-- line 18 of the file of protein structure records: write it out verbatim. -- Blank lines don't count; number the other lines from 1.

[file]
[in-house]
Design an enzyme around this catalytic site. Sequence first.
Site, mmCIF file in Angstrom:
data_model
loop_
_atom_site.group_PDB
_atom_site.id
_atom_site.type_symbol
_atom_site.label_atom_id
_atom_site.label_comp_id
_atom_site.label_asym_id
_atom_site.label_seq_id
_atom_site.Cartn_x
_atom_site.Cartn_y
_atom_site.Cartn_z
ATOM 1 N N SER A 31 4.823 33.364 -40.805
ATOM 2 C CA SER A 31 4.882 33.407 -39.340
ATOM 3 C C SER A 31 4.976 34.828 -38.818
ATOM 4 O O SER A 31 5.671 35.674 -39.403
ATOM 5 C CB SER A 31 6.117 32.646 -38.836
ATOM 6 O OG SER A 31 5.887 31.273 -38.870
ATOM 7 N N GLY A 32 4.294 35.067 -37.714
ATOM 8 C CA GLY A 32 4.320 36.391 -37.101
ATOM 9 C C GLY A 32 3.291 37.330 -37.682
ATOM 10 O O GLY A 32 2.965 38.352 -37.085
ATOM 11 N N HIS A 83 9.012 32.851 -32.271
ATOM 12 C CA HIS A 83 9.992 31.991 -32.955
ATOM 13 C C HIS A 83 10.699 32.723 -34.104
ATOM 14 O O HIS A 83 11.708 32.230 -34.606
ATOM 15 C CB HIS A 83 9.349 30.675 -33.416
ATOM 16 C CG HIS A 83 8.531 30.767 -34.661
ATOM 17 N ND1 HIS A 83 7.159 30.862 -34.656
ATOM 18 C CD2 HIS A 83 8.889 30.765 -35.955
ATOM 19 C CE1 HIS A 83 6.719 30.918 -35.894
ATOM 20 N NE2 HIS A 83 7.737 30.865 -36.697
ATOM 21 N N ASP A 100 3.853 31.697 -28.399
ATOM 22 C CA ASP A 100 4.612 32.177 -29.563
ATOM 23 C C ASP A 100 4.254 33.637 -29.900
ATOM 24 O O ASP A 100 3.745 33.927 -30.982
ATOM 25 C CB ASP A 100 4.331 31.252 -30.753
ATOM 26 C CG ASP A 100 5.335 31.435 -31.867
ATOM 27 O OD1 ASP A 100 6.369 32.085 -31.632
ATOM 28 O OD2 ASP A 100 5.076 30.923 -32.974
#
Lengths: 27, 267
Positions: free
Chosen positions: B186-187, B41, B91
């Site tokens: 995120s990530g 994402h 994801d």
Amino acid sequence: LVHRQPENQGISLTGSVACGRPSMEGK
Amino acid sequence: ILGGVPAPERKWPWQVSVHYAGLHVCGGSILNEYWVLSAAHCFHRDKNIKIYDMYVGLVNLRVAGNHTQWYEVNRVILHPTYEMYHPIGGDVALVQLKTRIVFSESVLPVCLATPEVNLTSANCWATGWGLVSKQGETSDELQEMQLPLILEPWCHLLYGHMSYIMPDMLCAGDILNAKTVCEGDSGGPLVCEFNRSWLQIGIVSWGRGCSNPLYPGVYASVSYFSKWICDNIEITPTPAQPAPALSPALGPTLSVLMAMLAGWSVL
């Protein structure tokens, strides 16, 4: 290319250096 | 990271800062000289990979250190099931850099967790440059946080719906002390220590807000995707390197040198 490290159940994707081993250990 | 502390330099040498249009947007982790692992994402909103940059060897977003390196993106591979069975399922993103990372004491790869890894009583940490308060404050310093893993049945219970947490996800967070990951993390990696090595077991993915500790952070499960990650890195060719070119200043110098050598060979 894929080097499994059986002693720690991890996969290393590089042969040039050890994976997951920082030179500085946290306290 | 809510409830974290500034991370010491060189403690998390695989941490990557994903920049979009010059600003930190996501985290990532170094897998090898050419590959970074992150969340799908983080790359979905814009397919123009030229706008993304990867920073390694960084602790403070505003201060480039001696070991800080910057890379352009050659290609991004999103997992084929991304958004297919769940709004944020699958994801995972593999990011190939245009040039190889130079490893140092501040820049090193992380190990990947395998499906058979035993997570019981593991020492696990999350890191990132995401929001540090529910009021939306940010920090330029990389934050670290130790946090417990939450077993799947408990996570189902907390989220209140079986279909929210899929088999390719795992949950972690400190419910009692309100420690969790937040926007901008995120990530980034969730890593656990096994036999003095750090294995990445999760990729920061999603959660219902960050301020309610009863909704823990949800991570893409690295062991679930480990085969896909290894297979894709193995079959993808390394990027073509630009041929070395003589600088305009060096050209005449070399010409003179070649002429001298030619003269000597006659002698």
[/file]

ATOM 3 C C SER A 31 4.976 34.828 -38.818